As major corporations around the globe are rethinking their business models to achieve the quadruple bottom line (people, planet, profit, and purpose), a group of high school students from the Qualla Boundary is moving into their fourth year of a successful social entrepreneurship venture that uses its proceeds to improve schools in Costa Rica.
Each year, Sequoyah Fund, a nonprofit community loan fund, works with a group of 10 high school students to operate TuYa Café, a coffee business that was originally developed by 2014 program participants. Since it’s launch, TuYa Café has sold over 600 pounds of coffee and earned over $14,000 in revenues.
“Each year with the students is really exciting,” said Hope Huskey, Associate Director of Sequoyah Fund. “They always try – and succeed – in surpassing last year’s sales numbers. It’s great to see their competitive spirit come out to benefit a good cause.”
In addition to sales experience, students get lessons in marketing and business finance through the program. “Our goal is to not only instill entrepreneurial values in our youth, but also to help them understand how they can use these skills to bring good to others, their local communities, and other communities around the world,” related Huskey.
All net profits are directed towards service projects for Costa Rican schools. Participating students actually travel to Costa Rica each summer to provide labor for the improvements. This year’s students focused most of their efforts on Tortugeuro Elementary where they worked on various beautification and technology improvement projects, as well as established a recycling program.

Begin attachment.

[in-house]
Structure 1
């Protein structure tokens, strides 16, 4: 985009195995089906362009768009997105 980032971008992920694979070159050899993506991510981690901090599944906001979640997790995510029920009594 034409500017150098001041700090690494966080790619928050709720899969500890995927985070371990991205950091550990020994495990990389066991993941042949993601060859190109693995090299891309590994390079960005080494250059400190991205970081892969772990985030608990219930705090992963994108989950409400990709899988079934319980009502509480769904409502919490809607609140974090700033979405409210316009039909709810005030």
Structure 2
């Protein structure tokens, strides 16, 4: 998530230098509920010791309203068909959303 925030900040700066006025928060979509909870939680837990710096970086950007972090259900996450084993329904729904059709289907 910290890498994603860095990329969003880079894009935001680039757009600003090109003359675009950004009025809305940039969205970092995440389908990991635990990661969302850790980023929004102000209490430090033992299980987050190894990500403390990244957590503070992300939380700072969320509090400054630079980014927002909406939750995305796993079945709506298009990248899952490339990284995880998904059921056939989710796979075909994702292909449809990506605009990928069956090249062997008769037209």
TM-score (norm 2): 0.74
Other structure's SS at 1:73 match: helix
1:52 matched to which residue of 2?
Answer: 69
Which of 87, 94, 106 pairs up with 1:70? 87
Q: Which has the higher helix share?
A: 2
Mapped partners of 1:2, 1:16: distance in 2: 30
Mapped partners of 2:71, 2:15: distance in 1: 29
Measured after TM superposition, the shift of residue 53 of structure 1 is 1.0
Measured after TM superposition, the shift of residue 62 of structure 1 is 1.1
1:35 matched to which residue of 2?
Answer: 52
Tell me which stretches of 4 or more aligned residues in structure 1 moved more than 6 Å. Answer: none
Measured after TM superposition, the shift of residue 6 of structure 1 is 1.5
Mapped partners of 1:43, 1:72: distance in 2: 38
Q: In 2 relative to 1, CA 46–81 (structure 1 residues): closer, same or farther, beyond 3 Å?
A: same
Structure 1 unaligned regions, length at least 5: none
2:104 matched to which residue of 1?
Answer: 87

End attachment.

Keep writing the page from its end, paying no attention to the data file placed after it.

“Our students are always considerate of the environment, and take time to incorporate some kind of environmental aspect into their work,” said Huskey. Last year’s students installed solar panels in Cabecar School, and groups have planted trees the past two years.
Tuya Café is part of the Costa Rica Eco Study Tour, a leadership development program that educates students in the areas of cultural diversity, service, environmental sustainability, and entrepreneurship. The program is made possible through a partnership of the Cherokee Preservation Foundation, the Eastern Band of Cherokee Indians Cooperative Extension Program, and Sequoyah Fund.
– Cuny Communications on behalf of Sequoyah Fund